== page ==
Good riddance, I say.

Tirzah Mae’s Birth Day

I’d already told Daniel I wanted a c-section, but he paid me no mind. I told him that as I cried angry tears, frustrated that I couldn’t stop shaking.

Maybe it was the IV magnesium – they’d said it could give one the shakes – but I hadn’t had a problem with my first dose a week earlier. Maybe it was the cervidil that was attempting to ripen my cervix. Or maybe it was that my condition was rapidly deteriorating – the reason we were inducing at 32 weeks.

Whatever it was, I was weak and out-of-control and I knew that I would need a c-section.

Daniel, knowing how set on a vaginal delivery I’d been, ignored my emotional outbursts.

Then, around midnight, in a rare break from the shaking, I explained myself more rationally.

I was shaking uncontrollably. I couldn’t move my limbs because they were so full of fluid and because I was hooked up to so many monitors and IVs and catheters. I was weak from 8 days of hospitalized bed rest and a week and a half of modified bed rest before that. Between the preeclamptic visual disturbances (poor color vision and dancing lights) and the fluid filling my face, I could barely see. If I was this much of a mess before we’d even gotten my cervix ripened, there was no way I’d make it through Pitocin-induced contractions to deliver vaginally.

Prepping for the c-section

Hearing my calm explanation, Daniel agreed – we would ask for a c-section.

Dr. Tackett came in to check on me – and I told him our decision. He agreed that my request was reasonable. They’d prepare for a c-section.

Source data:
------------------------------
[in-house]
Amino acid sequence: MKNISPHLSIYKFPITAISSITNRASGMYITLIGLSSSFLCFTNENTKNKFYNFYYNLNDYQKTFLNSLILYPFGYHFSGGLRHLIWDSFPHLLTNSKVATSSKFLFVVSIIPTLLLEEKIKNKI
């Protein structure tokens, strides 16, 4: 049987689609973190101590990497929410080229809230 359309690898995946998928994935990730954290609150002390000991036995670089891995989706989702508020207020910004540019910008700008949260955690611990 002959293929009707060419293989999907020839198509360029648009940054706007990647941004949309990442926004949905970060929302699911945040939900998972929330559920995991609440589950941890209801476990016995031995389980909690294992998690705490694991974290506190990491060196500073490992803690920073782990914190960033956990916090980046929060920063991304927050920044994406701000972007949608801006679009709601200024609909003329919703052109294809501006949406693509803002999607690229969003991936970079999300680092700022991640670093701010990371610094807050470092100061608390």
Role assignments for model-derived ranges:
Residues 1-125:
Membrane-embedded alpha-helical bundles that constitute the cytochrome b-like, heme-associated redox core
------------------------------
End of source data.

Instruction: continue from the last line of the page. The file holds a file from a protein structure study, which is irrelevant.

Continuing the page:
I had no idea what to expect with a c-section. Until that day, I’d planned for a vaginal delivery. So everything was unfamiliar as they wheeled me into the operating room, made me drink a foul-tasting beverage to neutralize my stomach acid, and had me lie very still on my side while they administered the spinal block.

Ready to vomit

Daniel was there at my head, holding my hand and looking over the curtain along my chest to see the operation.

I felt tugging, I heard a gasp and Daniel asking “Is that the water breaking?”

No, Dr. Jensen replied, he hadn’t even cut into my uterus yet. The water was ascites – excess fluid in the abdominal cavity, indicating that my liver had shut down.

There was more tugging, and the announcement that it was a girl – followed by “And her umbilical cord is wrapped tightly around her neck twice.”

I was overwhelmed with thankfulness – thankful that our baby was born, thankful that we’d chosen a c-section instead of having an emergency one once she’d shown distress.

I don’t remember hearing her cry, but she had to have – I read it in her Apgar scoring when I was reading through her chart later on. I do remember Daniel announcing her name in response to one of the medical staff’s questions – she was Tirzah Mae Eloise.

Pink and crying

Then Dr. Jensen was telling me he was sewing me double tight so I can have that VBAC – and I was again overwhelmed with thankfulness . Thankful that we had a relationship with the doctor who did our c-section. Thankful that he knew our desire to deliver vaginally. Thankful that he believes in VBAC and has helped many women successfully have them.

They brought my daughter close so I could see her and touch her. Still weak and uncoordinated, I flailed my arms in her direction – and stuck my finger in her eye.

Mama's first look

She was so tiny, so red, so clearly not supposed to be out of the womb. But she was alive – my daughter had been born.

“Daughter,” I told her. “I love you, my Tirzah Mae Eloise Garcia.”

They took her off to the NICU and wheeled my bed into the recovery room.

To be continued at a later date…